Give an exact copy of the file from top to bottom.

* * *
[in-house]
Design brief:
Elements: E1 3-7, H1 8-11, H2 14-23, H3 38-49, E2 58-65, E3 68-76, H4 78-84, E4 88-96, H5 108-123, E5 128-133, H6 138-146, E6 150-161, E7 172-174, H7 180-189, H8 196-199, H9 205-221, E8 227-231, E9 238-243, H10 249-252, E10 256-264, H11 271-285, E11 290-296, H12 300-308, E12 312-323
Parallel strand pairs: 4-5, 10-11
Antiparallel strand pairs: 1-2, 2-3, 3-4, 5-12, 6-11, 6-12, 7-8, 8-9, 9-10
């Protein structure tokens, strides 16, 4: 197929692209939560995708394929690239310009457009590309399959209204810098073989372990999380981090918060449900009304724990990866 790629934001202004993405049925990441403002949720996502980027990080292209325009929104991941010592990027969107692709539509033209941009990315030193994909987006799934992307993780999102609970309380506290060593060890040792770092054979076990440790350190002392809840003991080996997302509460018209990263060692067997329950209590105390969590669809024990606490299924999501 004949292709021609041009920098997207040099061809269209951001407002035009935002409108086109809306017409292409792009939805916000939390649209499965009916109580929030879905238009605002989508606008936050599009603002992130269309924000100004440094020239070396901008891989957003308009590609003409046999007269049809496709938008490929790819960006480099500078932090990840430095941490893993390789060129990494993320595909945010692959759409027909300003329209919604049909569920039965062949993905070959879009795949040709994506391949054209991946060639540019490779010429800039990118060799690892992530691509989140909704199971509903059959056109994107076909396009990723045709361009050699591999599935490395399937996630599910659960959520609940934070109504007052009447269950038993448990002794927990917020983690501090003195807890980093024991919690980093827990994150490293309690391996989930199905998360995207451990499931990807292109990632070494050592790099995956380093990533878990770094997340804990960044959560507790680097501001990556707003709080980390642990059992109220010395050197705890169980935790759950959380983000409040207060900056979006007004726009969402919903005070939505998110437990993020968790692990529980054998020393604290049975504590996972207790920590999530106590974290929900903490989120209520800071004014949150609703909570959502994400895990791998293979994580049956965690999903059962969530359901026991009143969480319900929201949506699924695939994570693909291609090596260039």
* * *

[in-house]
Design brief:
Elements: E1 3-7, H1 8-11, H2 14-23, H3 38-49, E2 58-65, E3 68-76, H4 78-84, E4 88-96, H5 108-123, E5 128-133, H6 138-146, E6 150-161, E7 172-174, H7 180-189, H8 196-199, H9 205-221, E8 227-231, E9 238-243, H10 249-252, E10 256-264, H11 271-285, E11 290-296, H12 300-308, E12 312-323
Parallel strand pairs: 4-5, 10-11
Antiparallel strand pairs: 1-2, 2-3, 3-4, 5-12, 6-11, 6-12, 7-8, 8-9, 9-10
């Protein structure tokens, strides 16, 4: 197929692209939560995708394929690239310009457009590309399959209204810098073989372990999380981090918060449900009304724990990866 790629934001202004993405049925990441403002949720996502980027990080292209325009929104991941010592990027969107692709539509033209941009990315030193994909987006799934992307993780999102609970309380506290060593060890040792770092054979076990440790350190002392809840003991080996997302509460018209990263060692067997329950209590105390969590669809024990606490299924999501 004949292709021609041009920098997207040099061809269209951001407002035009935002409108086109809306017409292409792009939805916000939390649209499965009916109580929030879905238009605002989508606008936050599009603002992130269309924000100004440094020239070396901008891989957003308009590609003409046999007269049809496709938008490929790819960006480099500078932090990840430095941490893993390789060129990494993320595909945010692959759409027909300003329209919604049909569920039965062949993905070959879009795949040709994506391949054209991946060639540019490779010429800039990118060799690892992530691509989140909704199971509903059959056109994107076909396009990723045709361009050699591999599935490395399937996630599910659960959520609940934070109504007052009447269950038993448990002794927990917020983690501090003195807890980093024991919690980093827990994150490293309690391996989930199905998360995207451990499931990807292109990632070494050592790099995956380093990533878990770094997340804990960044959560507790680097501001990556707003709080980390642990059992109220010395050197705890169980935790759950959380983000409040207060900056979006007004726009969402919903005070939505998110437990993020968790692990529980054998020393604290049975504590996972207790920590999530106590974290929900903490989120209520800071004014949150609703909570959502994400895990791998293979994580049956965690999903059962969530359901026991009143969480319900929201949506699924695939994570693909291609090596260039």